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Covid-19 cases set to spread into unaffected islands

Saturday 21 May 2022 | Written by Matthew Littlewood | Published in National, Outer Islands

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Covid-19 cases set to spread into unaffected islands
Photo: RNZ

Prime Minister Mark Brown expects Covid-19 case numbers to spread into the unaffected islands in the Pa Enua as tourists return.

Figures provided by Te Marae Ora show that Rarotonga has had 4790 cases since the pandemic began, Aitutaki has 572, Atiu has 156, Mauke has 21, Mitiaro has one and Penrhyn has three cases.

There are 109 active cases overall.

Brown said part of the reason for Covid-19 not spreading through the other islands in the Pa Enua was the restrictions on travel.

If travelling to the Pa Enua (Outer Islands) outside of Aitutaki, all passengers (including transit) will require a supervised Rapid Antigen Test (RAT) on the day of departure. Tests are available at the airport for $10 per person.

“The restrictions have been important. They’ve stopped the virus getting there. The RAT testing before you travel has also been important,” Brown said.

“We can see it doesn’t take long for it to spread—we’ve had 16 cases in Mauke over the last day or so, most of the affected were young children. We expect that as travel continues, the other islands will slowly pick up Covid-19 cases.”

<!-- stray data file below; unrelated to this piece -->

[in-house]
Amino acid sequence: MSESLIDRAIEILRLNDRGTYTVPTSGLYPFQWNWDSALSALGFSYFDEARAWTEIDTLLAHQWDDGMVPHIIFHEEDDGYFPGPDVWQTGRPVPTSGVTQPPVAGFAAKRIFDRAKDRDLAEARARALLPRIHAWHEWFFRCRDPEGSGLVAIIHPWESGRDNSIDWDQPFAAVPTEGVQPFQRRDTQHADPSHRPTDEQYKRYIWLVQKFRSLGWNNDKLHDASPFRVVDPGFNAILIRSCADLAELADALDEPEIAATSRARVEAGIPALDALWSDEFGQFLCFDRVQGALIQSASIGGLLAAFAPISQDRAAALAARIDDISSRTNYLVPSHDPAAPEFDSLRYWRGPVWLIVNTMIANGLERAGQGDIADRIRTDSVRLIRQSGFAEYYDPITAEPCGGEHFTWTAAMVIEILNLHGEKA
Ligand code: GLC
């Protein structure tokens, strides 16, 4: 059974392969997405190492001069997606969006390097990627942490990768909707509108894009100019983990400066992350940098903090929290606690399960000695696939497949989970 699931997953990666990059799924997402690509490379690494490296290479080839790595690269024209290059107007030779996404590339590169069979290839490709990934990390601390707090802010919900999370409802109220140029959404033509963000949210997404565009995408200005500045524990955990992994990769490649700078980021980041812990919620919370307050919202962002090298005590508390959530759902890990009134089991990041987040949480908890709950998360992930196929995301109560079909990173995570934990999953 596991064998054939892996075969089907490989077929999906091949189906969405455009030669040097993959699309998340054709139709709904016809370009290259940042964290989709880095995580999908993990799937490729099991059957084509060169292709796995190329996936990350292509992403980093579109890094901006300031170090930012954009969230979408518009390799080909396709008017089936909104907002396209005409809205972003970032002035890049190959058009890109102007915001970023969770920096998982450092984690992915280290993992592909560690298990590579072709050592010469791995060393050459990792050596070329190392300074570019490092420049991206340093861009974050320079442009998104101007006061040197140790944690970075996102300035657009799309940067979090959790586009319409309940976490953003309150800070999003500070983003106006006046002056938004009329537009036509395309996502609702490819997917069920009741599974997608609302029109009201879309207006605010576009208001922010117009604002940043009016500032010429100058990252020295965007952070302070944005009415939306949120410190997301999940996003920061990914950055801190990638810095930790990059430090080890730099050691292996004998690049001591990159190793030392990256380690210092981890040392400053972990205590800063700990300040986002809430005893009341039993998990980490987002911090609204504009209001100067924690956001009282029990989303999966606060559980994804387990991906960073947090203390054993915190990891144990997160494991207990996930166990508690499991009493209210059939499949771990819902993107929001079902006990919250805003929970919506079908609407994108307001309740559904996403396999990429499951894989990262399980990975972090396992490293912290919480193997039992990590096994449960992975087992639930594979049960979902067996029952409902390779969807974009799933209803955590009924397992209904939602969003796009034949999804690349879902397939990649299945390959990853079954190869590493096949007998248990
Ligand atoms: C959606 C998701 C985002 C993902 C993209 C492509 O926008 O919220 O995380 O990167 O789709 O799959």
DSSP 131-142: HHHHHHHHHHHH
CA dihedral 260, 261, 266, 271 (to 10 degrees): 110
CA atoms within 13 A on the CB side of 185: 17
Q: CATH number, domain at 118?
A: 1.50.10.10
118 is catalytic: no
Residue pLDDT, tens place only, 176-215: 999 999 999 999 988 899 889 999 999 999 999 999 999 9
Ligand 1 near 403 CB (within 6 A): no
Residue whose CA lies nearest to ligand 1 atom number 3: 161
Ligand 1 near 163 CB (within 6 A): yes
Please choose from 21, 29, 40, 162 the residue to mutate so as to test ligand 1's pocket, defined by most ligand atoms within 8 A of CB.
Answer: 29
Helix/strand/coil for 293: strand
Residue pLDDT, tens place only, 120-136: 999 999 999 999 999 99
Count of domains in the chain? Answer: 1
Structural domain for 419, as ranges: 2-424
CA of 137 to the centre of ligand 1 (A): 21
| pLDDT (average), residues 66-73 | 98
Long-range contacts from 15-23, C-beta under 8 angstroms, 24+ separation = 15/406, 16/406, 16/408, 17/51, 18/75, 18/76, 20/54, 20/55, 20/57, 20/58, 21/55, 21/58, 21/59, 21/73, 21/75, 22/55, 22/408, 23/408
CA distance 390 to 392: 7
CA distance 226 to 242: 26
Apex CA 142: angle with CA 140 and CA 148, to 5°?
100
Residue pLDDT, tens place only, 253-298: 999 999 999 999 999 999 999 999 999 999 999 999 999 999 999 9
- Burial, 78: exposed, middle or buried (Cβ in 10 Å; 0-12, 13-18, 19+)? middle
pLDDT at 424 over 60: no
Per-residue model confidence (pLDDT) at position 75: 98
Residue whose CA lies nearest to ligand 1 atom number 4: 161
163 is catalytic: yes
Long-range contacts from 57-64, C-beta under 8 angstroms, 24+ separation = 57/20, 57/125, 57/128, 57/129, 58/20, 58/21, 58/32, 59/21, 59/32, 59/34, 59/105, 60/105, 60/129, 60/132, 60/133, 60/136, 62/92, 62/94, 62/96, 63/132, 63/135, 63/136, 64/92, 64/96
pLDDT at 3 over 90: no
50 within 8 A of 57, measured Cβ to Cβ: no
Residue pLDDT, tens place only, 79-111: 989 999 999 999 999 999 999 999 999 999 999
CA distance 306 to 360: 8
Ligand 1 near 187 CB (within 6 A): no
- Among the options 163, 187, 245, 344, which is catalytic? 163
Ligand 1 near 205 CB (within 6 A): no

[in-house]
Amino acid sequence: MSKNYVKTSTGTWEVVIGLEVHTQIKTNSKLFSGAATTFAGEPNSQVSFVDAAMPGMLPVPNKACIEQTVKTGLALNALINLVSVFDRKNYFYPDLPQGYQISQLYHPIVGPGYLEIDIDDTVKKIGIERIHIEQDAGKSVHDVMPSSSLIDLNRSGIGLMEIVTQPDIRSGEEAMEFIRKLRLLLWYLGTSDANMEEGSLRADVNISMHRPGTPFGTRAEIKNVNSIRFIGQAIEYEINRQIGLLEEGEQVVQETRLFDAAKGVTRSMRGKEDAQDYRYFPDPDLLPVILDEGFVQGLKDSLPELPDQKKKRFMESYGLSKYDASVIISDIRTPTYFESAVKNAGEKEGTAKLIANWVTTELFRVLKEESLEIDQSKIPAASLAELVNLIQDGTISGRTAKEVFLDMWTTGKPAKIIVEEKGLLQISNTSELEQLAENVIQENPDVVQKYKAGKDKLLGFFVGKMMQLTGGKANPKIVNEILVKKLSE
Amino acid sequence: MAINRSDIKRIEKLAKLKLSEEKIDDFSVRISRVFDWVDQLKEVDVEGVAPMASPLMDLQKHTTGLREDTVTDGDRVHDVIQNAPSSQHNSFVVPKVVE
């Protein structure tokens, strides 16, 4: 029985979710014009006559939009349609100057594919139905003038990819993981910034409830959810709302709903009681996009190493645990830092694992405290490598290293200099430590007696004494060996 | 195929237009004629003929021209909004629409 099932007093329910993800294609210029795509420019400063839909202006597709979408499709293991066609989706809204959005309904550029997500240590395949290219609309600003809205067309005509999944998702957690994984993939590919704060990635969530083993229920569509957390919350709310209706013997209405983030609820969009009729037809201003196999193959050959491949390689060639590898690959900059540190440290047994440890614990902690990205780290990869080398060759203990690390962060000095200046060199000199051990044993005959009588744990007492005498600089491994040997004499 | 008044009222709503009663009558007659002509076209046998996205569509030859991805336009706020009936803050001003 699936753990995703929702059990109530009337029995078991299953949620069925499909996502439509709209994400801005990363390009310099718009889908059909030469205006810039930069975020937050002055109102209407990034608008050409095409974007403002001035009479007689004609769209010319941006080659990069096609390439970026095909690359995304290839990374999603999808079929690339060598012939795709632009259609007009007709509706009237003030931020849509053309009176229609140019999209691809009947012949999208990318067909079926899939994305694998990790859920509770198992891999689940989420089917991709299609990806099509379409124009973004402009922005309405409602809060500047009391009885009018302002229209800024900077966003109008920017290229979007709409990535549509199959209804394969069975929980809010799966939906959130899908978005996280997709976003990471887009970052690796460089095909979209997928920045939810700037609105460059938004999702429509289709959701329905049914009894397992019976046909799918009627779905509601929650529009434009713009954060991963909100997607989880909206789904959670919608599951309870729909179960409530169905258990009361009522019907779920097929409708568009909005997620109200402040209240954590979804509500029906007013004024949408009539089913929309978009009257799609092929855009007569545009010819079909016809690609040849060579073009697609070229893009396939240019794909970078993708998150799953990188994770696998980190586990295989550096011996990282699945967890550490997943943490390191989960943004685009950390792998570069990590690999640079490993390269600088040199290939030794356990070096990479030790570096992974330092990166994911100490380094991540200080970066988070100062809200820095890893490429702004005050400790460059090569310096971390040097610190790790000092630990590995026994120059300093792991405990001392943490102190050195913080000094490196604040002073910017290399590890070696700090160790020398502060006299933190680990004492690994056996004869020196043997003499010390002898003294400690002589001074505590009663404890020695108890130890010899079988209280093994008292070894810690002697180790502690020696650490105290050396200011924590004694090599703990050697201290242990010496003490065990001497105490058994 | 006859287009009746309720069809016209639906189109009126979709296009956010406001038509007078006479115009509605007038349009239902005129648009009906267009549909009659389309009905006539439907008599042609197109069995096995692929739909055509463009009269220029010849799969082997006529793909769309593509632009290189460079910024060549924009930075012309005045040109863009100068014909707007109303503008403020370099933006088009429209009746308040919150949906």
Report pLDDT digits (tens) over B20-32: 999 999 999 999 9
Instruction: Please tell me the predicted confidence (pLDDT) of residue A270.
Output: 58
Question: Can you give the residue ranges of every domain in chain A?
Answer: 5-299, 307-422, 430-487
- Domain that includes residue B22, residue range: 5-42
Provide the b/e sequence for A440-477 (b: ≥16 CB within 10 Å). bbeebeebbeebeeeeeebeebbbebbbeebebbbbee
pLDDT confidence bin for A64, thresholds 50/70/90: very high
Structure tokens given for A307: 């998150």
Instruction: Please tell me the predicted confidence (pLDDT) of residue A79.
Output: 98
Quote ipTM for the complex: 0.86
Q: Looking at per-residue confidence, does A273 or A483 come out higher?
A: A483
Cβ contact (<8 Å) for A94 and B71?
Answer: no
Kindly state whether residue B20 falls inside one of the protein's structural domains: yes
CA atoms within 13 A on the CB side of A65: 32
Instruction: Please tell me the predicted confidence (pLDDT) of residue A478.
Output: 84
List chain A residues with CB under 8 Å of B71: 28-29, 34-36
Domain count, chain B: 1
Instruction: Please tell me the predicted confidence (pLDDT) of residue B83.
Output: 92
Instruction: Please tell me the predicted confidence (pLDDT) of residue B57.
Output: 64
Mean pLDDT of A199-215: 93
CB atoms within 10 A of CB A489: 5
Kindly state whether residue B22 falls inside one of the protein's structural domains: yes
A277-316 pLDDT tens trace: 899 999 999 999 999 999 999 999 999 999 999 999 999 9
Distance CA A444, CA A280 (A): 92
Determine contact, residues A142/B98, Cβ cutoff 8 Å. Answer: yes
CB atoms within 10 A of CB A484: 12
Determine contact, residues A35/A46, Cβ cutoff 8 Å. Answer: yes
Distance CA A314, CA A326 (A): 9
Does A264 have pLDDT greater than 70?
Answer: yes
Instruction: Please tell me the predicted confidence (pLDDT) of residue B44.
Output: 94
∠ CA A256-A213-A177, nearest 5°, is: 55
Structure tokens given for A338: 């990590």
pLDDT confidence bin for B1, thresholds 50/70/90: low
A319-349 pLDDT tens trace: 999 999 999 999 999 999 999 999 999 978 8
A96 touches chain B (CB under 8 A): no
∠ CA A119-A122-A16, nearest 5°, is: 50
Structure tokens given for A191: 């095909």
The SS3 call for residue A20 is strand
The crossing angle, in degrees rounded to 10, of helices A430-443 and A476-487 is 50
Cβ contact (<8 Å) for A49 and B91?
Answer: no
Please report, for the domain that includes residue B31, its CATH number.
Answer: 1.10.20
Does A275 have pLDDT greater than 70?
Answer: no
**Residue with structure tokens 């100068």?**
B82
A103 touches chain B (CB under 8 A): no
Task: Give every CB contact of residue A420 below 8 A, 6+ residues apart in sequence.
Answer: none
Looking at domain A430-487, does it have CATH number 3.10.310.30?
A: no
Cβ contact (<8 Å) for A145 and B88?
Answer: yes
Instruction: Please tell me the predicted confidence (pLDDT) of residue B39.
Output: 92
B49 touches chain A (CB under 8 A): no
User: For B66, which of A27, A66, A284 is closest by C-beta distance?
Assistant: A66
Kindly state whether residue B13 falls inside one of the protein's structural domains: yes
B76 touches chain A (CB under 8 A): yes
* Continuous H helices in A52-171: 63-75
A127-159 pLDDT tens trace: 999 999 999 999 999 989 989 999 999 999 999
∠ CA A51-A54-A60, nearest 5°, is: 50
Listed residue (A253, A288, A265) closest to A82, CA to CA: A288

“But you’ve got to take into account the fact that for a long time, there was no travel to the Pa Enua at all.”

Brown said Atiu was still going through peak Covid-19.

“I think it will go very quickly through the small communities. It won’t hang around for weeks or months like it has in Rarotonga,” he said.

“They’re close communities, so it’ll spread through quickly.”

Brown also said he believed tourism numbers would return to pre-Covid 19 levels.

“Hopefully it will do so very soon. But it’ll be different. We’re not sure how different it is going to be,” Brown said.

“Right now, the people who are travelling are those who are not averse to the impacts of Covid-19, and worried about how Covid-19 will affect them.

“There are still some countries where Covid-19 is still heavily present, so people would be reluctant to travel to them. For us, we’re one of the first few countries in the Pacific that have opened up, and that has benefited us and will continue to benefit us.”